Preventing Workplace Fatigue For Healthcare Workers

by Rotageek on 5 February 2021

Workplace fatigue has been proven to have devastating effects. One only has to watch the Chernobyl television series to witness how error-inducing exhaustion can cause a nuclear explosion. As the modern world continues to work harder, longer and at a faster pace, fatigue in the workplace is quickly becoming a top concern.This is a particular worry for our NHS workers who continue to be under immense pressure since the start of the Covid-19 outbreak. Whilst the healthcare industry is renowned for its demanding work culture, never before have our doctors experienced such a high level of stress. This can have a detrimental effect on patient quality of care and in some cases, result in a 63% chance of making major medical errors.

But it’s not just our healthcare workers who are struggling.

Whilst fatigue in the workplace can affect all of us, the risk has traditionally increased for shift workers, night staff and those on call. But since the pandemic, more and more employees are reporting signs of workplace fatigue. In July 2020, 69% of remote workers reported feeling burnout, according to global employment platform, Monster. This is up 20% from a survey just two months prior.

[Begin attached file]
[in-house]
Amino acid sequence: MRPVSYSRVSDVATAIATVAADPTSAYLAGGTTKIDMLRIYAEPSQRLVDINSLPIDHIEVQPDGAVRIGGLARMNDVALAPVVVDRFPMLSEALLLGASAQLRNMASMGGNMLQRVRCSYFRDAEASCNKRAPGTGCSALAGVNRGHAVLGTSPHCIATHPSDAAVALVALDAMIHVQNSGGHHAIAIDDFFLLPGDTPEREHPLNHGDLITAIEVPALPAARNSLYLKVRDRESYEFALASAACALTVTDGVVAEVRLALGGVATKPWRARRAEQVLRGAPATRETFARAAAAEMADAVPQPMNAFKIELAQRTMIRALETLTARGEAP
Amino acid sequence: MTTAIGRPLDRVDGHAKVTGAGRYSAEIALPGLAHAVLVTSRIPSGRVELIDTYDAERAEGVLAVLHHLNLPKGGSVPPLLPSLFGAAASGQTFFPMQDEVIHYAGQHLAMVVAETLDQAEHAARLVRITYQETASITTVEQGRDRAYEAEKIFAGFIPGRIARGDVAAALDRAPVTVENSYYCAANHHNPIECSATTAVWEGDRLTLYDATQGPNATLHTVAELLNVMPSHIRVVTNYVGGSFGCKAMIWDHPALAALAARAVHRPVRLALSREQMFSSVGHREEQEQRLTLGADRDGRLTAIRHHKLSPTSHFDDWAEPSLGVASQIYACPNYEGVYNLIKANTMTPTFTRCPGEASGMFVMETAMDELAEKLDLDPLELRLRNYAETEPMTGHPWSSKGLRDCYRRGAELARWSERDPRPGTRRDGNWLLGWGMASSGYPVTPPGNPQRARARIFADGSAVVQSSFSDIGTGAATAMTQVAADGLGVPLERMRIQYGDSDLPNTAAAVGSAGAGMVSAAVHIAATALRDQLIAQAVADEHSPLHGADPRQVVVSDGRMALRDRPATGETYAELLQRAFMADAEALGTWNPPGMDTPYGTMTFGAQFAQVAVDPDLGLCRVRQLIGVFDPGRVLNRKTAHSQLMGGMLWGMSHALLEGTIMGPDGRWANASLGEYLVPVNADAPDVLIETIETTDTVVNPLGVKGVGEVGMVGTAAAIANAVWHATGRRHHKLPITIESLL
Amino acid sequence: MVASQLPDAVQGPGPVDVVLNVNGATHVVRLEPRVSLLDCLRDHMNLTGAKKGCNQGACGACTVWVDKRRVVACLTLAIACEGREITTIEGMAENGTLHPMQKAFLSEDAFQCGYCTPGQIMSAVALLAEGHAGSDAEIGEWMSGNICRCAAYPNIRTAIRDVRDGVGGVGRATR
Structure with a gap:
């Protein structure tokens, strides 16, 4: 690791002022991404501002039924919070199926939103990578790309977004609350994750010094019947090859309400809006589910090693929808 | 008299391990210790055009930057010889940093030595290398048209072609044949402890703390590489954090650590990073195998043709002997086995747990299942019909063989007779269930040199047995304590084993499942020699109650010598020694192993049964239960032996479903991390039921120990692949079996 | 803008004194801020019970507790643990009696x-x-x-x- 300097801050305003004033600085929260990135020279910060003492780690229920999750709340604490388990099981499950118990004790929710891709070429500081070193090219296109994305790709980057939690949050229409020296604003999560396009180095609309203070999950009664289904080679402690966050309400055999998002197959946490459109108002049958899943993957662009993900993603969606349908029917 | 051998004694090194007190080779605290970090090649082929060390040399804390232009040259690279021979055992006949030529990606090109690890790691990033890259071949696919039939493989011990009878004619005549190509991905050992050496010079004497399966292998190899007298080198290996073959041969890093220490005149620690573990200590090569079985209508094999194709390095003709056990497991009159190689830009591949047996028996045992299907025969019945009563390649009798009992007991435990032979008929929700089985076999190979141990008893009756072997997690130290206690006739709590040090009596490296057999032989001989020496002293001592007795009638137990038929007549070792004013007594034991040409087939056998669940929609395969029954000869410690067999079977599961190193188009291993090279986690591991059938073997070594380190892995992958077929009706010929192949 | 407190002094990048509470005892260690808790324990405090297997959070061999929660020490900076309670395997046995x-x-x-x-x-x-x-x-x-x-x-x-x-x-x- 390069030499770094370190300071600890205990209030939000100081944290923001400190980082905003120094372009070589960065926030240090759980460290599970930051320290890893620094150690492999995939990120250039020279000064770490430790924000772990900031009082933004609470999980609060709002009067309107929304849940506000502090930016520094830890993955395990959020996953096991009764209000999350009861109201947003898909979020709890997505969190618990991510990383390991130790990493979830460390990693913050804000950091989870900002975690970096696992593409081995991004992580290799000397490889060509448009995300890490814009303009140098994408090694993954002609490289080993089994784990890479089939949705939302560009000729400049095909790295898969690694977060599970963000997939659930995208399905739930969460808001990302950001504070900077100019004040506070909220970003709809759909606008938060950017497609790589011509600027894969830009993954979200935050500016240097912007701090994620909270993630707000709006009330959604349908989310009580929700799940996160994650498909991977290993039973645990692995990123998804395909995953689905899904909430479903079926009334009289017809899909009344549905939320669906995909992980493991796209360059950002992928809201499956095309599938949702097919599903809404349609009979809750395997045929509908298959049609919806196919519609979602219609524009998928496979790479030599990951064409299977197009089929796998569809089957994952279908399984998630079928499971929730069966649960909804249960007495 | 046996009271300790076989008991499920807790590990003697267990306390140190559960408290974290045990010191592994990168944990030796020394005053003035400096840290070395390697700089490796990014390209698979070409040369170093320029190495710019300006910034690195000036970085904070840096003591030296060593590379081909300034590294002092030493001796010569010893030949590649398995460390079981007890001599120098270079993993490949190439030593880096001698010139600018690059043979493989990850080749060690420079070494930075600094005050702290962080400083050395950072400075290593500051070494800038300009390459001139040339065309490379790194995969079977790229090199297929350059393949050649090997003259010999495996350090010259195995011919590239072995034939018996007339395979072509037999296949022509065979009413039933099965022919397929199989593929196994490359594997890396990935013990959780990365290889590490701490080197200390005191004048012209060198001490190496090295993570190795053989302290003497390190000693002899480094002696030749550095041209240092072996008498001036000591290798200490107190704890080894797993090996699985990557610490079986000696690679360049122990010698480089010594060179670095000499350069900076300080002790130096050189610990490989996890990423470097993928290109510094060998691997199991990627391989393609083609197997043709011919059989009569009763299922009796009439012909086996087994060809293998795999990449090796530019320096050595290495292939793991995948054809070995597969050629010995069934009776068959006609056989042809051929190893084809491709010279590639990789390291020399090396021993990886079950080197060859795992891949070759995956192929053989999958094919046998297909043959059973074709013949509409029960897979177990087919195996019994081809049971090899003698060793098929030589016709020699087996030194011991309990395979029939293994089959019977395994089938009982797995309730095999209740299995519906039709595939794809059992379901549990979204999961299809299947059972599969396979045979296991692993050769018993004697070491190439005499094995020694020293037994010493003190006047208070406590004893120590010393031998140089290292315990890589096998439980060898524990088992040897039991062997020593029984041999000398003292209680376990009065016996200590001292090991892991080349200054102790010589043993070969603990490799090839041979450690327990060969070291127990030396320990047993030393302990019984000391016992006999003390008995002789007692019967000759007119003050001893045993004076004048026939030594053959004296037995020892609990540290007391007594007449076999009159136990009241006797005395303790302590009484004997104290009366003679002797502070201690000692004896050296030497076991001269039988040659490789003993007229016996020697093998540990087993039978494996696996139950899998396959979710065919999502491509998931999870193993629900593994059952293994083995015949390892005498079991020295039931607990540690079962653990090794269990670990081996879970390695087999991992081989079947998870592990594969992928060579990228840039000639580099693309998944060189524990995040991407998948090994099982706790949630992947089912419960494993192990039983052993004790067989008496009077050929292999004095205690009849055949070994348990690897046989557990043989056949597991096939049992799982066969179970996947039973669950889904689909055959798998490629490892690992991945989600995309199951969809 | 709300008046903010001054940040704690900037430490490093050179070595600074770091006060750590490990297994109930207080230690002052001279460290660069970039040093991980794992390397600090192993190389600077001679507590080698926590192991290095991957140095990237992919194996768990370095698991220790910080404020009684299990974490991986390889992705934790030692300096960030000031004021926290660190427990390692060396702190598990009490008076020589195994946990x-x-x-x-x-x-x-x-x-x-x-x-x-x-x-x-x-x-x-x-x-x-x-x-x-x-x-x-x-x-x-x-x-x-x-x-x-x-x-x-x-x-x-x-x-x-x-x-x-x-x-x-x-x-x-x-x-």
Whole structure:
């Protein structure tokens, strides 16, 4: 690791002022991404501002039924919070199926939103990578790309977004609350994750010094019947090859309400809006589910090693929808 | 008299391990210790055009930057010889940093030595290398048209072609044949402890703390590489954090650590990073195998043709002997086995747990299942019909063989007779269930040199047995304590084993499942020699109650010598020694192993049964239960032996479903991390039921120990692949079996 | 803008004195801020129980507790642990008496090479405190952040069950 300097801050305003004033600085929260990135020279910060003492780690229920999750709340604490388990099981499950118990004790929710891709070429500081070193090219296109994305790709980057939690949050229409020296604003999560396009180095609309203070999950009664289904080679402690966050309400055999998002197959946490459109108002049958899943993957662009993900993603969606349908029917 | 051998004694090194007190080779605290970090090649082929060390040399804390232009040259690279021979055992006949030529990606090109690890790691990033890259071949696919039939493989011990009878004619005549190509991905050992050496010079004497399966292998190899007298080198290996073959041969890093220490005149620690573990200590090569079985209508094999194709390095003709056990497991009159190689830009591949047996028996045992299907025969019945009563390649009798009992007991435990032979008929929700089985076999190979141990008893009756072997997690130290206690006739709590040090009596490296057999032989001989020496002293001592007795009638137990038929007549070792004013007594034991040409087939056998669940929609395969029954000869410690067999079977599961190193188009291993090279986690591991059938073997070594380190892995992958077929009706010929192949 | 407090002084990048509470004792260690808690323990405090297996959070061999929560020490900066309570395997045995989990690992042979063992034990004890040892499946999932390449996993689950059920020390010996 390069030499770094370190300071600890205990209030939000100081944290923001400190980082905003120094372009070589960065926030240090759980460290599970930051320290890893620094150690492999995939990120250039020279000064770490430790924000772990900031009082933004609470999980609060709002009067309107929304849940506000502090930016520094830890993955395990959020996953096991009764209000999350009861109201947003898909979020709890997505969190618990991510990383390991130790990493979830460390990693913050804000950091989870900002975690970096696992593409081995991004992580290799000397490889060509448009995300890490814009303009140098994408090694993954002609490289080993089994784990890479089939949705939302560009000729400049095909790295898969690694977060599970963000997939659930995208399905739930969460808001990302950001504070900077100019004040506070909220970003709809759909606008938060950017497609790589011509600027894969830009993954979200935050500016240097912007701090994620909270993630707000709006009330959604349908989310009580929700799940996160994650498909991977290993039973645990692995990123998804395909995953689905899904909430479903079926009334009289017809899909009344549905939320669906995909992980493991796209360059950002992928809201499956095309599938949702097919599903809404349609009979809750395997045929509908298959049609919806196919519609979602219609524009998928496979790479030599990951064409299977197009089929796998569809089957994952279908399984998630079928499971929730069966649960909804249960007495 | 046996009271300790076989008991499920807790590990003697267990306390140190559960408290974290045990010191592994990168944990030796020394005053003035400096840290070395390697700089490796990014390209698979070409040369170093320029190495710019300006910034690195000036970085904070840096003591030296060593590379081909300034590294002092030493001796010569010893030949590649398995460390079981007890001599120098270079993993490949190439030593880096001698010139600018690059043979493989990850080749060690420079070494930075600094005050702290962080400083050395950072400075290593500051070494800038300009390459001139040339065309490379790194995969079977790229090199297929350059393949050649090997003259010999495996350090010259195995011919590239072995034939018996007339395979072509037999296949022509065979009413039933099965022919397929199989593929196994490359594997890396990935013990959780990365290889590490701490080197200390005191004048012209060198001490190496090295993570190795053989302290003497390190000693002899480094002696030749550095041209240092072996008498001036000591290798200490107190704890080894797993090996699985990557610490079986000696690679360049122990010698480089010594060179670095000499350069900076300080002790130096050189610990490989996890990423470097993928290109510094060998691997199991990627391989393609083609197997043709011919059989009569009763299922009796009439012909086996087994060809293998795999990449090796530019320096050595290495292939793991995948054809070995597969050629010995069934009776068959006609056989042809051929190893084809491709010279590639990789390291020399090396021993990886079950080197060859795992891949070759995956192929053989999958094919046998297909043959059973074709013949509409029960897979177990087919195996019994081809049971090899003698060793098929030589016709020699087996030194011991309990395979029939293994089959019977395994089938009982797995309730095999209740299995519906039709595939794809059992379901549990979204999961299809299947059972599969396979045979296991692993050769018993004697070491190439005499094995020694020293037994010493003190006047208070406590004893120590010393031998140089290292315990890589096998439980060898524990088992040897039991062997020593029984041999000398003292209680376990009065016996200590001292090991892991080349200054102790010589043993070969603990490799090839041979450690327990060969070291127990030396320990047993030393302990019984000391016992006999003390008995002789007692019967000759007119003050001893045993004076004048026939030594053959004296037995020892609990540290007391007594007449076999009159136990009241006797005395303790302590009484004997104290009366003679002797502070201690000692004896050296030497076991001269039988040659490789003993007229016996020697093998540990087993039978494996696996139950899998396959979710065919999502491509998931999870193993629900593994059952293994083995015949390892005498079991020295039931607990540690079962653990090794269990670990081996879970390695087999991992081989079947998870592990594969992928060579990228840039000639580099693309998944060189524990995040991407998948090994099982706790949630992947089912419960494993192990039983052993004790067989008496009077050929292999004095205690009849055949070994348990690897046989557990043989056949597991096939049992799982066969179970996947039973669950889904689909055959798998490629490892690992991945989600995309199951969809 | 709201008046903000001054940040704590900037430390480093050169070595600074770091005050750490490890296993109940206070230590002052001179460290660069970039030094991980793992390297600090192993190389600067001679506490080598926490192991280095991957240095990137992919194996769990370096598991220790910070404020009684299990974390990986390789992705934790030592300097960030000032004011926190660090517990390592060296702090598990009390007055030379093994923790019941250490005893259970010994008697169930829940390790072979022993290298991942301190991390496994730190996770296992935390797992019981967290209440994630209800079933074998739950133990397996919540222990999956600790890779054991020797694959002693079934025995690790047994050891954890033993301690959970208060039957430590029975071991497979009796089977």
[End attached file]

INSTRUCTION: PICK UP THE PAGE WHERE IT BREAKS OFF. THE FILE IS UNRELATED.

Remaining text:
The effects of fatigue in the workplace can be witnessed across a range of industries from events to construction - and with increased strain to survive a worldwide pandemic, most businesses have been guilty of piling on the pressure.

We are, however, also seeing a growing focus on flexibility and health in the workplace, much of which has escalated since the outbreak. Many businesses have come to realise the correlation between employee happiness, productivity and overall performance.

So how, in a world that is balancing increased workloads with flexibility, can we successfully manage stress and fatigue in the workplace?

How to prevent fatigue in the workplace with better scheduling

The most common contributor for increased fatigue is poor shift-based scheduling. Long hours, consecutive night shifts, fixed patterns, inflexible managers and a lack of rest are frequently seen in rotas that cause employee burnout.